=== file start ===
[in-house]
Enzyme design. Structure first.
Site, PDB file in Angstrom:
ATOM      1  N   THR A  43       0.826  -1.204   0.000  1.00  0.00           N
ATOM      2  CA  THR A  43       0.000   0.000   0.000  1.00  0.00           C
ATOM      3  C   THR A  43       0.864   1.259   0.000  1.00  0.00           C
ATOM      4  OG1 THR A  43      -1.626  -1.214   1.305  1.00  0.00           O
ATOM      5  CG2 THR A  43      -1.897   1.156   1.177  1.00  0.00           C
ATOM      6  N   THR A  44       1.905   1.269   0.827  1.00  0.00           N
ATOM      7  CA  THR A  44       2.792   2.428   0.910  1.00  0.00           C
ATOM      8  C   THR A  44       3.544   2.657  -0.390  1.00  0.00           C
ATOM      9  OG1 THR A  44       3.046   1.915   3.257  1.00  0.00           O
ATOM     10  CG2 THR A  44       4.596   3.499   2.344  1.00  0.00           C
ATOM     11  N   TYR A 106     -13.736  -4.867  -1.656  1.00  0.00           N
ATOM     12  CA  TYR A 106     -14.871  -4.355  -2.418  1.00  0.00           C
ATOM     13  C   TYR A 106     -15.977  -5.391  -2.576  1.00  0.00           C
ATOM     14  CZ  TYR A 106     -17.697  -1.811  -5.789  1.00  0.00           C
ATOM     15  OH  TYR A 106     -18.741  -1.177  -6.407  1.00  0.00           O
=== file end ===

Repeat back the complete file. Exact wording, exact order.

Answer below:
[in-house]
Enzyme design. Structure first.
Site, PDB file in Angstrom:
ATOM      1  N   THR A  43       0.826  -1.204   0.000  1.00  0.00           N
ATOM      2  CA  THR A  43       0.000   0.000   0.000  1.00  0.00           C
ATOM      3  C   THR A  43       0.864   1.259   0.000  1.00  0.00           C
ATOM      4  OG1 THR A  43      -1.626  -1.214   1.305  1.00  0.00           O
ATOM      5  CG2 THR A  43      -1.897   1.156   1.177  1.00  0.00           C
ATOM      6  N   THR A  44       1.905   1.269   0.827  1.00  0.00           N
ATOM      7  CA  THR A  44       2.792   2.428   0.910  1.00  0.00           C
ATOM      8  C   THR A  44       3.544   2.657  -0.390  1.00  0.00           C
ATOM      9  OG1 THR A  44       3.046   1.915   3.257  1.00  0.00           O
ATOM     10  CG2 THR A  44       4.596   3.499   2.344  1.00  0.00           C
ATOM     11  N   TYR A 106     -13.736  -4.867  -1.656  1.00  0.00           N
ATOM     12  CA  TYR A 106     -14.871  -4.355  -2.418  1.00  0.00           C
ATOM     13  C   TYR A 106     -15.977  -5.391  -2.576  1.00  0.00           C
ATOM     14  CZ  TYR A 106     -17.697  -1.811  -5.789  1.00  0.00           C
ATOM     15  OH  TYR A 106     -18.741  -1.177  -6.407  1.00  0.00           O